24th January 2019 - 6 min read
Companies are cutting back on staff and salary, which means the average individual, could be doing more work for the same amount of pay (#2kerja1gaji).
Cost of living has been skyrocketing and people are starting to find themselves in a situations where they need to supplement their main source of income.
Could it work for you too? We found real life stories of people who attempted a side income and made it work. They even make more money from their side income than their regular paycheque!
Amira* is an air-stewardess at a renowned airline but her love for all things designer meant her paycheque just wasn’t enough. She wanted to enjoy a better quality of life and the finer things money could buy so she figured the way to do it was to get a second job.
She started teaching tuition. She gives private sessions to primary and secondary school children, preferably out of international schools or private schools. Teaching private tuition meant she was able to charge higher rates as compared to working in a center. She found that with results, she was being referred to more and more clients.
She started earning an additional RM3,000 to RM4,000 a month, by giving up some free time on weekdays and Saturdays.
Bear in mind that she cleverly picked a market segment of private school and international students, where the parents could afford the higher fees. She claims as long you are good in a subject like mathematics and have a decent level of English, you could teach tuition.
Despite the good income, Amira decided not to go into tuition fulltime. “At the airlines, I have a steady paycheque. I won’t have this with tuition as some students may stop classes or school may close making my income seasonal. I love having both as it gives me the stability of a fixed paycheque and the added income of a part-time job.”
Soh Shangrong, co-founder of Freschart, formed his start-up while he was still working in a debt restructuring company. He gave up the comfort of snoozing in on weekends to start work on a fruit business. Over time, his supplementary income started to substantiate and he decided it was time for him to give it a proper attempt and resigned from his job.
He started this secondary income for a completely different reason; “I started Freshcart simply as a way to build a better relationship with my father. It was a way we could bond over the work. But I soon realised that I wanted to work for myself; paving my own path rather than someone else’s.”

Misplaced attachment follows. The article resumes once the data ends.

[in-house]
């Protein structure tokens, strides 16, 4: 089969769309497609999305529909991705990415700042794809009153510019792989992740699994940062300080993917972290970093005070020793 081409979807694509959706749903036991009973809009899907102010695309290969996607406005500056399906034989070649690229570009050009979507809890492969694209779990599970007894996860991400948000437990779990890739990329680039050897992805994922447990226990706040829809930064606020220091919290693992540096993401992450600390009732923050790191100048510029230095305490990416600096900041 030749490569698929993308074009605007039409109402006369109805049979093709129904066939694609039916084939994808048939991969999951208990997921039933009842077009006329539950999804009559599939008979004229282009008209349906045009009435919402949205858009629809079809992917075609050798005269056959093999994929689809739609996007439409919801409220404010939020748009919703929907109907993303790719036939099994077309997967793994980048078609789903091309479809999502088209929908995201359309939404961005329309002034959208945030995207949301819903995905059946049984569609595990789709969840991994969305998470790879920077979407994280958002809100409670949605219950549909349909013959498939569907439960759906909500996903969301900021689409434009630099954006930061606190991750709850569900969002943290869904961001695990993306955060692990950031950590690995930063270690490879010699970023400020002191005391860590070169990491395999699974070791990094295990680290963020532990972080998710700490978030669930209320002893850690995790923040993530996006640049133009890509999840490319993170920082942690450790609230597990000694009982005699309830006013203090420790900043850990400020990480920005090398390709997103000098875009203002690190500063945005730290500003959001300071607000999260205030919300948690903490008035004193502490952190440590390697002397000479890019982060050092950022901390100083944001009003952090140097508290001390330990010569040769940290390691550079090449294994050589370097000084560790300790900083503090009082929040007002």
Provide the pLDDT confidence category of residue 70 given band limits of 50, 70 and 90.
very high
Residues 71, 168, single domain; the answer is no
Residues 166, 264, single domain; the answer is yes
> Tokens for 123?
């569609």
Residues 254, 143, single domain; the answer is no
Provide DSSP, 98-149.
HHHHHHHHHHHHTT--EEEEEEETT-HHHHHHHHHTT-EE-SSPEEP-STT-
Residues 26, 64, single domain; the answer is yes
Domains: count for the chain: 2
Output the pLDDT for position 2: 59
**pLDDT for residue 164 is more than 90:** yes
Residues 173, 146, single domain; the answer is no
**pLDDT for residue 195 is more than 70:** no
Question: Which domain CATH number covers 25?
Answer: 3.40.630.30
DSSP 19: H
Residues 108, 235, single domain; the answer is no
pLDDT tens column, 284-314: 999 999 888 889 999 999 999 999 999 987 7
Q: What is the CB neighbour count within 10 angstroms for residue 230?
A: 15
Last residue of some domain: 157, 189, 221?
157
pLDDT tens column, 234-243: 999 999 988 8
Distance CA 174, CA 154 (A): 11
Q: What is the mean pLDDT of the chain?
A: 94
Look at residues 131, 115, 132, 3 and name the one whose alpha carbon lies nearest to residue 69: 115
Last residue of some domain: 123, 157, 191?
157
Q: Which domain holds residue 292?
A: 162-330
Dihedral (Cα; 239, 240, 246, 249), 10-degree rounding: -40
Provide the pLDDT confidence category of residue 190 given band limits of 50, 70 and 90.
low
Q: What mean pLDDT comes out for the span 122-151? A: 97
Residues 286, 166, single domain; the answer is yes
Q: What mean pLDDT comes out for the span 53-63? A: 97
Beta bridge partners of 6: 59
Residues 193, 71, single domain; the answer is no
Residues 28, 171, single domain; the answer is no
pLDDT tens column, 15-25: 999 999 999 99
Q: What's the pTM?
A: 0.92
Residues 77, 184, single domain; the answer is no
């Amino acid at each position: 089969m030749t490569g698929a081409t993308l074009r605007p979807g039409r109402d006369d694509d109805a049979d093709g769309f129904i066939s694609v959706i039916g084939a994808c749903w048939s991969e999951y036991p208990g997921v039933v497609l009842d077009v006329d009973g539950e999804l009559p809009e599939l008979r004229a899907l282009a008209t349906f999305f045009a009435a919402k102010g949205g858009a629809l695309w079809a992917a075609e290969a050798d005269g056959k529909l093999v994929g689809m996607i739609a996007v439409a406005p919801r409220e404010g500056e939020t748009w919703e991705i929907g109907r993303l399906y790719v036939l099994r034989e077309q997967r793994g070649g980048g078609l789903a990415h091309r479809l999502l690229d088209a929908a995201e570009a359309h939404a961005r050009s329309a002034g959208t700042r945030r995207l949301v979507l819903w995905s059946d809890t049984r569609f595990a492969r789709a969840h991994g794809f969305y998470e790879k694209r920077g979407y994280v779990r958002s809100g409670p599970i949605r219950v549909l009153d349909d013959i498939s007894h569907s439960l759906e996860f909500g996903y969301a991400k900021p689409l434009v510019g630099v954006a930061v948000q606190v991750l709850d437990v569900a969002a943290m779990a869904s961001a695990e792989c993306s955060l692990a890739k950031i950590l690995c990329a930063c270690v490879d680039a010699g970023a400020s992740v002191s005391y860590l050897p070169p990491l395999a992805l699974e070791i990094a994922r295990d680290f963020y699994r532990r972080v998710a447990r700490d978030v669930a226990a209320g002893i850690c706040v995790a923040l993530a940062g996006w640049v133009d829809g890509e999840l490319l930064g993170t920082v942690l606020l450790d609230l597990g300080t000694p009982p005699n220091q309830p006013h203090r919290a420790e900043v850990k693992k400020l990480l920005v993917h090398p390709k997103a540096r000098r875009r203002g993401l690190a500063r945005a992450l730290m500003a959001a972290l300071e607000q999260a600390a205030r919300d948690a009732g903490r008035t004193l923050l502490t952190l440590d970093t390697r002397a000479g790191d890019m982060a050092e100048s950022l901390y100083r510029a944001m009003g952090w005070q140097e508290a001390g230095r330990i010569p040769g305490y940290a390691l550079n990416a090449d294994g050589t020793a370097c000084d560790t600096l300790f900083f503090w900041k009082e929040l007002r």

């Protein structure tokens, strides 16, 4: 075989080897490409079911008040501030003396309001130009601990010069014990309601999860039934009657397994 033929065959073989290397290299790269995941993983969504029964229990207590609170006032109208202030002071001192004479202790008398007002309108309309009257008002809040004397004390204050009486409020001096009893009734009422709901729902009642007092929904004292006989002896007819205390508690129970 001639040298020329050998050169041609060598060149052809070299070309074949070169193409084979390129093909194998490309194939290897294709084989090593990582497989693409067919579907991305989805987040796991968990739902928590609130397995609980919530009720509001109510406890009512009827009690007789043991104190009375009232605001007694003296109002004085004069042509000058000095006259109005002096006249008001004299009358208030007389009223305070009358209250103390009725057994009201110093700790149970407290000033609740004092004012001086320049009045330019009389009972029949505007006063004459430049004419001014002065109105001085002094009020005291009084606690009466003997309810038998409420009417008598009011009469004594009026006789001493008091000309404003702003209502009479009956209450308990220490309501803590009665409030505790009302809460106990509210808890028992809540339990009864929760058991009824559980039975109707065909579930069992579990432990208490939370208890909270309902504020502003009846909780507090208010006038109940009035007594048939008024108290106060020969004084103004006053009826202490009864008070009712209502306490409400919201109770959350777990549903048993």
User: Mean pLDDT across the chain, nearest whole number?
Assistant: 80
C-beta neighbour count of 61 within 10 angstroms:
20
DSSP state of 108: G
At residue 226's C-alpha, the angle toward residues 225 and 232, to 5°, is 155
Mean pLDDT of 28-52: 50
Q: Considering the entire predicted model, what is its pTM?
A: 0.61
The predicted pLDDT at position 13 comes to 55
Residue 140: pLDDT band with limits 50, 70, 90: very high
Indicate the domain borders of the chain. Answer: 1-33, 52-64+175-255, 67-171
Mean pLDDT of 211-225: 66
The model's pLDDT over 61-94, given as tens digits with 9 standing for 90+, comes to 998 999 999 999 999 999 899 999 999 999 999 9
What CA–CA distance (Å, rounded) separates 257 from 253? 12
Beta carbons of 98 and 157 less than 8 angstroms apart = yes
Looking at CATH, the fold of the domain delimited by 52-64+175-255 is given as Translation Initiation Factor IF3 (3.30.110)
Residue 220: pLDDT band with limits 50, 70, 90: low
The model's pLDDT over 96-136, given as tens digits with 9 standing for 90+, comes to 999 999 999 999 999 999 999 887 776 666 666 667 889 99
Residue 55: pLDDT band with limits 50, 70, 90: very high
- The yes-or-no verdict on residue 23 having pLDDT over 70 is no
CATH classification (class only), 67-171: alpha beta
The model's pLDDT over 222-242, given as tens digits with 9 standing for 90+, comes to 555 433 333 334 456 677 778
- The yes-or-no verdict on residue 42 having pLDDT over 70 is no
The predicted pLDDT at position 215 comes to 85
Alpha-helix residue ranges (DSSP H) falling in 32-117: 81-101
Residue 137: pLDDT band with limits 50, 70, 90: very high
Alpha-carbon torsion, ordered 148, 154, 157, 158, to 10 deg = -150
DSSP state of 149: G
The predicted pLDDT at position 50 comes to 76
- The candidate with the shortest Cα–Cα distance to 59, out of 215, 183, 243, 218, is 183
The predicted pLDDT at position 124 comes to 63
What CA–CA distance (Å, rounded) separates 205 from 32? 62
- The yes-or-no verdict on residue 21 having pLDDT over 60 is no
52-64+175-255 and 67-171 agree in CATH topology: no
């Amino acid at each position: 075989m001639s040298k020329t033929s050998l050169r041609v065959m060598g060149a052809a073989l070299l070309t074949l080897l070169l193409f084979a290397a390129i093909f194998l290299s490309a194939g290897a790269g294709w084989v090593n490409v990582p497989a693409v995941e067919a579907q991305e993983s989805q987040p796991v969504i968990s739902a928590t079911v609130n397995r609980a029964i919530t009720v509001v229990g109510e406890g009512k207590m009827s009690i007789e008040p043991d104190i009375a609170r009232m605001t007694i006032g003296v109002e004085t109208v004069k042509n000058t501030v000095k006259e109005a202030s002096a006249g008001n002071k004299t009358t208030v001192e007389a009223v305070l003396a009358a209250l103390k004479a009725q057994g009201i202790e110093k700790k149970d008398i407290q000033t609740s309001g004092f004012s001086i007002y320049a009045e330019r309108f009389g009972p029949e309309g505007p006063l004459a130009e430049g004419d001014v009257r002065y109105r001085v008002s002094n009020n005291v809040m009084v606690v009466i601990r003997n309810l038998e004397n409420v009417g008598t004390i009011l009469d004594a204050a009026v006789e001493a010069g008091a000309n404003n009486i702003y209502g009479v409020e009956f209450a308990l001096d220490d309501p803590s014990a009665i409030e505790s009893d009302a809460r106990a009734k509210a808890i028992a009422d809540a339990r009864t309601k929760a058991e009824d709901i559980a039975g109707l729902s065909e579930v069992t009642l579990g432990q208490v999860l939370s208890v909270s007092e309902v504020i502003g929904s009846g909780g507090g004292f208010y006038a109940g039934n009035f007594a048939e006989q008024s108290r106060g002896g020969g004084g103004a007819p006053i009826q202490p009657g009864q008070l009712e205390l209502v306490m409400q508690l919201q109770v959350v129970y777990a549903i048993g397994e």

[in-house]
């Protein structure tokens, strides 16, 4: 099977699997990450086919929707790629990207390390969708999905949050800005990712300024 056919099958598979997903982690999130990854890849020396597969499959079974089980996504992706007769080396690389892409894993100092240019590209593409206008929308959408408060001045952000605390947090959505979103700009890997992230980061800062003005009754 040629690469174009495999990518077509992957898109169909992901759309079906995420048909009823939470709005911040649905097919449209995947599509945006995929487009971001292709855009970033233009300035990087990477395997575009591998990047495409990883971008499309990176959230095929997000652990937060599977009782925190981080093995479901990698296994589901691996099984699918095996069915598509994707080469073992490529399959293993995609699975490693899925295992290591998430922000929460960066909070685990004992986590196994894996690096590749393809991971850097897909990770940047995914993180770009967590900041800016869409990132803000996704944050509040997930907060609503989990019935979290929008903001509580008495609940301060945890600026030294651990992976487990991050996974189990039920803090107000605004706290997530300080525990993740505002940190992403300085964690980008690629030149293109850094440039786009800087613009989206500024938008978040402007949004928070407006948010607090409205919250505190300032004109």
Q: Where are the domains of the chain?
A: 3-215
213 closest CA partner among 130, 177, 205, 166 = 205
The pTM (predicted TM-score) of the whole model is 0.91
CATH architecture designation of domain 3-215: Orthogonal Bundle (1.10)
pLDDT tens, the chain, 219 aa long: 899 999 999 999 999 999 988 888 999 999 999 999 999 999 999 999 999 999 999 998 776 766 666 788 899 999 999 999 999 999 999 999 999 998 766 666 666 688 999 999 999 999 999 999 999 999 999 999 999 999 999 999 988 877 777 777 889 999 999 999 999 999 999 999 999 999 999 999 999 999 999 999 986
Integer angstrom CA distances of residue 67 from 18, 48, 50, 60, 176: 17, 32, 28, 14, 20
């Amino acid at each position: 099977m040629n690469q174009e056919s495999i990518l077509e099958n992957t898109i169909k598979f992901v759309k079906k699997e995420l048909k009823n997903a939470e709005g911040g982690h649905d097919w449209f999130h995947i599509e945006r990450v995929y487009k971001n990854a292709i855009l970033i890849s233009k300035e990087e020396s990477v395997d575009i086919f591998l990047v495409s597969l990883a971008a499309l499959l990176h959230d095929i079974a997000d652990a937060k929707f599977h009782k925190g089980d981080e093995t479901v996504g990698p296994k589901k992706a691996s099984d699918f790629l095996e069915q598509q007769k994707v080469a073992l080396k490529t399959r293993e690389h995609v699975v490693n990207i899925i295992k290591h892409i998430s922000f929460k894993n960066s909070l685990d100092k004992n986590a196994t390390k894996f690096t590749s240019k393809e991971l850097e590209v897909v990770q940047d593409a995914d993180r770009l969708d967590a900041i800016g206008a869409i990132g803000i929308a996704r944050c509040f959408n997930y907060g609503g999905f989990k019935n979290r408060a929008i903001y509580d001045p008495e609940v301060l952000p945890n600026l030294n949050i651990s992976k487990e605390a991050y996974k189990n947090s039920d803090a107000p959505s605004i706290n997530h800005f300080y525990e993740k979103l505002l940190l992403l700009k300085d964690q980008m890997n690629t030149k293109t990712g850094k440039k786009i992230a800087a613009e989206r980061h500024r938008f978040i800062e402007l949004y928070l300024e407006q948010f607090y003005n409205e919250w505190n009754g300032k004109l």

No doubt, it was not an easy task to undertake but after some time he started to earn a decent side income. It was then, where he decided to move on and concentrate on his own business full-time.
Rinesh* works his days as an IT lecturer in a Malaysian University while he fills his nights with a side project or two. Being a senior lecturer, he possesses some nifty programming skills that allows him to code during his free time.
He is no Tony Stark (yet), but he makes a handsome amount on each project. He confessed during a lecture that he was able to derive approximately RM3,000 on each project he embarks on. “Some projects I only need a day or two, some take me up to a week. Not bad to have an additional RM3,000 a week, right?” said the cheeky computer genius.
Many of the wide-eyed curious students in the class room, could not help but to ask him why he didn’t turn it into a full time business instead. To which he responded with a smile, “Why would I give up either one when I can earn money from both sources?”.
It is difficult to justify which is the best way to earn yourself a side income as each individual has their own unique set of skills and talents. It may not be a viable option to everyone but bear in mind that it always is a possibility. Entrepreneurs are created every day, the difference is they dared to try while most people only dared to dream.
There are many reasons and ways for us to supplement our daily income. Many people make excuses on why they can’t do this or can’t do that. The three people featured in this article have many competitors among their respective industries. The difference is that they went out and did it anyway.
If you’re thinking about taking the same route; here are some tips to get started.
1) When coming up with a side income idea, consider your strengths and talents as well as market demand. The two work hand-in-hand. You may be great at say, potato-sack racing but where’s the opportunity in that? Likewise, there may be huge demand for cupcakes but you won’t really be getting anywhere if your cooking skills leave your products inedible!
2) Try it part-time before going the whole nine yards. This is to make sure you don’t quit your job too soon before you have a workable means of earning an income.
3) Have a healthy amount of savings before going into your own business head-on. For most people simply wanting to quit and find another job, 6 months worth of savings is enough but you’ll probably need a whole lot more if you want to start your own business. Earnings may be seasonal and volatile so you need to be ready for the lean months.
Whether you decide to turn your side income into a full blown career or not; having two sources of money is not a bad idea. Do you have any ideas or stories about how to make more money on the side? Let us know in the comments!
*Names changed at request of contributor to protect their real identity and privacy.
Image Source: Image 2 from Home Tuition Malaysia 2u; Image 3 from Betanews
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